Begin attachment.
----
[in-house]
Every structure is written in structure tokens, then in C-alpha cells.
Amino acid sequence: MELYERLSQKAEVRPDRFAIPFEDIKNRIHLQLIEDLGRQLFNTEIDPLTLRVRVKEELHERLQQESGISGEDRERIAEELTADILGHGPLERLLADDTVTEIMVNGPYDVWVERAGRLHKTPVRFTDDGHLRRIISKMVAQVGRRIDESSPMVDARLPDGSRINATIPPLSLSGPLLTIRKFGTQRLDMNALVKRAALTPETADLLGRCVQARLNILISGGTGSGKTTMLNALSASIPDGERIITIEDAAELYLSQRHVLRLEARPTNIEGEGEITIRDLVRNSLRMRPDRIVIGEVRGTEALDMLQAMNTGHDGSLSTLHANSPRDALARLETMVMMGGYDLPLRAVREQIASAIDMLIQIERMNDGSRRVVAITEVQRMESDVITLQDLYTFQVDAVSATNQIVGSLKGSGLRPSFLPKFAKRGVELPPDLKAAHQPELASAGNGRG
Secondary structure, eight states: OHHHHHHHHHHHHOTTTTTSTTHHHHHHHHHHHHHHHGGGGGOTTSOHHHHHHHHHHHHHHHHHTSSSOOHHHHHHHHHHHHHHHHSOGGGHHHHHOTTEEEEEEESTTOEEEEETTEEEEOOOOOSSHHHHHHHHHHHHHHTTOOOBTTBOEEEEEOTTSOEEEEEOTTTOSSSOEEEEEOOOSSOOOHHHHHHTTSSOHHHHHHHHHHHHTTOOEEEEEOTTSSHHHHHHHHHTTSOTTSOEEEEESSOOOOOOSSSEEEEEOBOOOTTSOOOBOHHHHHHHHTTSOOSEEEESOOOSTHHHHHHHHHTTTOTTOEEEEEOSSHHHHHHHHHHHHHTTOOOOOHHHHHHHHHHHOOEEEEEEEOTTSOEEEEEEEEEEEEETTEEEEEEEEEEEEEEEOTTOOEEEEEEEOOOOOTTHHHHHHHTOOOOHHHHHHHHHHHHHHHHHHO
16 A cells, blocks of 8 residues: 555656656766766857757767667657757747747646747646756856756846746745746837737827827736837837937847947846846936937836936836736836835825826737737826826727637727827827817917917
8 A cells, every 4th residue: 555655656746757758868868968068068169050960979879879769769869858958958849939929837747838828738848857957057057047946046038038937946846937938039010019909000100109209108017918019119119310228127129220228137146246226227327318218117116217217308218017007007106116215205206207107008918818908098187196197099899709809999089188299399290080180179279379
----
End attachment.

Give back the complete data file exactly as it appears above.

[in-house]
Every structure is written in structure tokens, then in C-alpha cells.
Amino acid sequence: MELYERLSQKAEVRPDRFAIPFEDIKNRIHLQLIEDLGRQLFNTEIDPLTLRVRVKEELHERLQQESGISGEDRERIAEELTADILGHGPLERLLADDTVTEIMVNGPYDVWVERAGRLHKTPVRFTDDGHLRRIISKMVAQVGRRIDESSPMVDARLPDGSRINATIPPLSLSGPLLTIRKFGTQRLDMNALVKRAALTPETADLLGRCVQARLNILISGGTGSGKTTMLNALSASIPDGERIITIEDAAELYLSQRHVLRLEARPTNIEGEGEITIRDLVRNSLRMRPDRIVIGEVRGTEALDMLQAMNTGHDGSLSTLHANSPRDALARLETMVMMGGYDLPLRAVREQIASAIDMLIQIERMNDGSRRVVAITEVQRMESDVITLQDLYTFQVDAVSATNQIVGSLKGSGLRPSFLPKFAKRGVELPPDLKAAHQPELASAGNGRG
Secondary structure, eight states: OHHHHHHHHHHHHOTTTTTSTTHHHHHHHHHHHHHHHGGGGGOTTSOHHHHHHHHHHHHHHHHHTSSSOOHHHHHHHHHHHHHHHHSOGGGHHHHHOTTEEEEEEESTTOEEEEETTEEEEOOOOOSSHHHHHHHHHHHHHHTTOOOBTTBOEEEEEOTTSOEEEEEOTTTOSSSOEEEEEOOOSSOOOHHHHHHTTSSOHHHHHHHHHHHHTTOOEEEEEOTTSSHHHHHHHHHTTSOTTSOEEEEESSOOOOOOSSSEEEEEOBOOOTTSOOOBOHHHHHHHHTTSOOSEEEESOOOSTHHHHHHHHHTTTOTTOEEEEEOSSHHHHHHHHHHHHHTTOOOOOHHHHHHHHHHHOOEEEEEEEOTTSOEEEEEEEEEEEEETTEEEEEEEEEEEEEEEOTTOOEEEEEEEOOOOOTTHHHHHHHTOOOOHHHHHHHHHHHHHHHHHHO
16 A cells, blocks of 8 residues: 555656656766766857757767667657757747747646747646756856756846746745746837737827827736837837937847947846846936937836936836736836835825826737737826826727637727827827817917917
8 A cells, every 4th residue: 555655656746757758868868968068068169050960979879879769769869858958958849939929837747838828738848857957057057047946046038038937946846937938039010019909000100109209108017918019119119310228127129220228137146246226227327318218117116217217308218017007007106116215205206207107008918818908098187196197099899709809999089188299399290080180179279379